Wednesday was day one of a "mask optional" policy at The Bar Method Miami for vaccinated clients.
The South Miami exercise studio was closed for in-person classes for several months. Owner Lillian Osborn had to pivot to Zoom classes -- then eventually back to in-person masked classes -- and now she made the switch to masks optional.
“We are just doing the best that we can as the rules change," Osborn said.
Clients seem to be adjusting well to the change, says Osborn, with those who are not vaccinated taking classes with a mask on.
"It's relieving because it feels back to how it was in the other studio and it feels like we can breathe, and instead of breathing into the mask, we can actually let out our breath correctly,” said client Vicky Fernandez-Sastre.
An executive order signed by Gov. Ron de Santis states businesses are prohibited from requiring customers to show proof of vaccination. At The Bar Method Miami and at hundreds of other Florida businesses, owners are operating under the honor system.
"There are legitimate reasons why people wouldn’t have been vaccinated, so I don’t want them to feel like they can’t come here because for whatever reason they are unable to, religious or medical or whatever their belief is," Osborn said. "I want them to feel just as comfortable as those people who have been vaccinated and have the choice to not wear a mask."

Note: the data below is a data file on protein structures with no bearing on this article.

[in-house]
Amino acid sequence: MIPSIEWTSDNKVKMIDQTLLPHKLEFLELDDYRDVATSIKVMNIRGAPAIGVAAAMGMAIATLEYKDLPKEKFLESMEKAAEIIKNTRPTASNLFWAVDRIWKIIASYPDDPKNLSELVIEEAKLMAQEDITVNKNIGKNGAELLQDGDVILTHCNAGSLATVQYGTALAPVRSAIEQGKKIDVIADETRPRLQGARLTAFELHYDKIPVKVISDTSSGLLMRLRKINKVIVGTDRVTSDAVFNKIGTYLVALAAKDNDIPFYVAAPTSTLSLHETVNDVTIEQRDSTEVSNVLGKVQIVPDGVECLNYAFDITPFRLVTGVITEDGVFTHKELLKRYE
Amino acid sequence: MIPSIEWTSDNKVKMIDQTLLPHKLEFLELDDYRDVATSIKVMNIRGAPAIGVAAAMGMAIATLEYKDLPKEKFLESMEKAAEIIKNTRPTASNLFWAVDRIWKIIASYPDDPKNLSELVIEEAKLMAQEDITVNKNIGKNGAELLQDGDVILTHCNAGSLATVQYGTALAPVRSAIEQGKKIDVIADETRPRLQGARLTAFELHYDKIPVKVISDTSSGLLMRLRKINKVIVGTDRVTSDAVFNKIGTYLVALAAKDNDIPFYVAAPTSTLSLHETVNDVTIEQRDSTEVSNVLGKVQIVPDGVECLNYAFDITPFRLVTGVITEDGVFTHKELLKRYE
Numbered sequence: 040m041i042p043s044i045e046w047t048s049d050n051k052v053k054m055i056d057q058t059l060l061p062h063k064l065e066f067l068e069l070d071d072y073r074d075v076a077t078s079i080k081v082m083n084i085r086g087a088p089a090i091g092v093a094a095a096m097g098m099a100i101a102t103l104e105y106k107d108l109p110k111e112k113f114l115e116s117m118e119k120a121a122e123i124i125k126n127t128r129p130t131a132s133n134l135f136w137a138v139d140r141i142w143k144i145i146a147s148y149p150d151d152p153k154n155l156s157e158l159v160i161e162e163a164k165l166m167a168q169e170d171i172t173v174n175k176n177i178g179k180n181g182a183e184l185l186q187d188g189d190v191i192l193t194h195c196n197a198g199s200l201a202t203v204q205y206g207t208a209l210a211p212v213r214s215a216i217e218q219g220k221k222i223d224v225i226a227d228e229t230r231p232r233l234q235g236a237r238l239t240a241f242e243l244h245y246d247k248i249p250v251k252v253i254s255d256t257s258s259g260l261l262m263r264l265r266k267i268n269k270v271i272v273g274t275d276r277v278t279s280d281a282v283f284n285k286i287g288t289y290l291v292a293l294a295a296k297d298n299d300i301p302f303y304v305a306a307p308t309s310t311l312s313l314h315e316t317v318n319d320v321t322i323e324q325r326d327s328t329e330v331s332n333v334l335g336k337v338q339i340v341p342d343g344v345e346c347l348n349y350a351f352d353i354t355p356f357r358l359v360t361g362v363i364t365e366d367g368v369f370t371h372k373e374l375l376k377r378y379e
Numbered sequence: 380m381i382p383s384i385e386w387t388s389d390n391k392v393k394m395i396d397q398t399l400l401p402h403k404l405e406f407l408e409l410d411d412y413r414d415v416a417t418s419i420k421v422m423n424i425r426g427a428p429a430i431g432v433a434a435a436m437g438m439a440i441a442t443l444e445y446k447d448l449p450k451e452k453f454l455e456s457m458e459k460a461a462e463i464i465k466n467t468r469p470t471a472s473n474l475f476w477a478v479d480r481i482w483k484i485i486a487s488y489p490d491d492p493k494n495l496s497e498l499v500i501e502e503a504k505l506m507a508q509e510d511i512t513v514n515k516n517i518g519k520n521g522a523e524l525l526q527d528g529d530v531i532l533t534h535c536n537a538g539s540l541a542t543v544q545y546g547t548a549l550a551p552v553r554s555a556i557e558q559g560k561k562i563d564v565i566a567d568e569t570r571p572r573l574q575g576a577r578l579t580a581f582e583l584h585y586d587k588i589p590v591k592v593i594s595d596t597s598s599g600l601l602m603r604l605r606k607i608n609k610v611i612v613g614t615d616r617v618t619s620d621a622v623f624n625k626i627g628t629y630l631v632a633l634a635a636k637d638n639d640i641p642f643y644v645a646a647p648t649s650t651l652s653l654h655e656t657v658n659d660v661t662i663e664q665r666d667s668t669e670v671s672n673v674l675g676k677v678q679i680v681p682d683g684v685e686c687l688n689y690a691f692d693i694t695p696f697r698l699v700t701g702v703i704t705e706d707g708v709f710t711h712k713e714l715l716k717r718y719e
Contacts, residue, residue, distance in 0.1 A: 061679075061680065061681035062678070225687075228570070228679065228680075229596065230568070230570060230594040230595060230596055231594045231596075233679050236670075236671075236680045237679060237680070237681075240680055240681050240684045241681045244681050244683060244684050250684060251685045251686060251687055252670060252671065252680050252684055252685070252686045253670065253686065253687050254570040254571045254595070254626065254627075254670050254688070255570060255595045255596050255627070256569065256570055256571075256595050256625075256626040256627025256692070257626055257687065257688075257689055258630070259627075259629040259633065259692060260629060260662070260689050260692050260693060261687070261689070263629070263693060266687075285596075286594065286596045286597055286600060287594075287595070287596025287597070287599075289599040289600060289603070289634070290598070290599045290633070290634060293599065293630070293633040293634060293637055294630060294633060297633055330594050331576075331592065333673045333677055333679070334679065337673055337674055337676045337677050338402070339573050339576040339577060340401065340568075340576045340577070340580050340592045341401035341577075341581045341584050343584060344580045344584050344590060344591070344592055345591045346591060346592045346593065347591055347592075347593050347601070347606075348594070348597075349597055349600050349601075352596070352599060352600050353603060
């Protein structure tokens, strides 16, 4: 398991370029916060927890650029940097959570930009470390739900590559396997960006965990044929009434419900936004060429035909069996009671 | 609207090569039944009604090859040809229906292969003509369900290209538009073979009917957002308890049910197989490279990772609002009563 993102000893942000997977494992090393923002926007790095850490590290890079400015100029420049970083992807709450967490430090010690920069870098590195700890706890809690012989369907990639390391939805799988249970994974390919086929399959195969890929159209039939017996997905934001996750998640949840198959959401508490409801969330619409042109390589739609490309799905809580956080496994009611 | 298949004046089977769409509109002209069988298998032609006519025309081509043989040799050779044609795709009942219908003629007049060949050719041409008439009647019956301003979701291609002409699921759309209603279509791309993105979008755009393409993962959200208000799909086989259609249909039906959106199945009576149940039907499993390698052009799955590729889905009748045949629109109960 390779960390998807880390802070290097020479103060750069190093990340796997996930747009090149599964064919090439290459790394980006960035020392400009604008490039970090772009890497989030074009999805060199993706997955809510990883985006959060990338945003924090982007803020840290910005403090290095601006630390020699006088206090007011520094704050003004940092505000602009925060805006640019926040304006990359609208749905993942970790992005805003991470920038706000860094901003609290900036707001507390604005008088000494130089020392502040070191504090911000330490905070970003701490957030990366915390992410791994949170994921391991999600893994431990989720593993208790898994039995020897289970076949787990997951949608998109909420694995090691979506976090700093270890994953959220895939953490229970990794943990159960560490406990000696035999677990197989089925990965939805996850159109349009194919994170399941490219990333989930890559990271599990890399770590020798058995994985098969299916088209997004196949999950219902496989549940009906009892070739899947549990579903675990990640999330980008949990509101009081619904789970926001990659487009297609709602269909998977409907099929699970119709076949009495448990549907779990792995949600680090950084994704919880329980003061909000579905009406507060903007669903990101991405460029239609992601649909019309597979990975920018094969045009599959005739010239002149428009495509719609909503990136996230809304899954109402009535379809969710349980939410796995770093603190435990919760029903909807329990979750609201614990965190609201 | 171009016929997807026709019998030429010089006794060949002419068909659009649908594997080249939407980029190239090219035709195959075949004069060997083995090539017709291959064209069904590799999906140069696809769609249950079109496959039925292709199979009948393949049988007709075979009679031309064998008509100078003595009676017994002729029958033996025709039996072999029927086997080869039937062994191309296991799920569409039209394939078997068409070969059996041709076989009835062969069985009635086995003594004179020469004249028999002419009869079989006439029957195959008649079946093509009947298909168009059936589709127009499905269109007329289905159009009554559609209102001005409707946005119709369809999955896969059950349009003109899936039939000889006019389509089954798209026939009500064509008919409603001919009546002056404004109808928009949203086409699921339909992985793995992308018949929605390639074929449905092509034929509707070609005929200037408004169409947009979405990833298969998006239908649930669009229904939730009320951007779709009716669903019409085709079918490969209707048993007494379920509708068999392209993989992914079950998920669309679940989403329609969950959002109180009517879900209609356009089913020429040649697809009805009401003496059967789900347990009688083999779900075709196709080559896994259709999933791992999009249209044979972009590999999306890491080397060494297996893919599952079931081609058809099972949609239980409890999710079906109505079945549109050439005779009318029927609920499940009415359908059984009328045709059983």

An Instagram page called No Masks Miami is highlighting businesses that have dropped the mask mandate. The man behind the page is registered nurse Dennis Bencomo.
“It’s up to the individual. If they want to wear a mask it’s up to them. It’s up to each person to manage their own level of risk," Bencomo said.
"No Masks Miami" also reposts stories from followers who are upset with businesses still requiring masks. Bencomo says the purpose is to show business owners there is a large portion of our community that supports a mask optional change.
"I’m not even trying to argue that they don’t have the right to enforce masking on their property. They do. They absolutely do, but by the same token we have the right not to shop there," Bencomo said.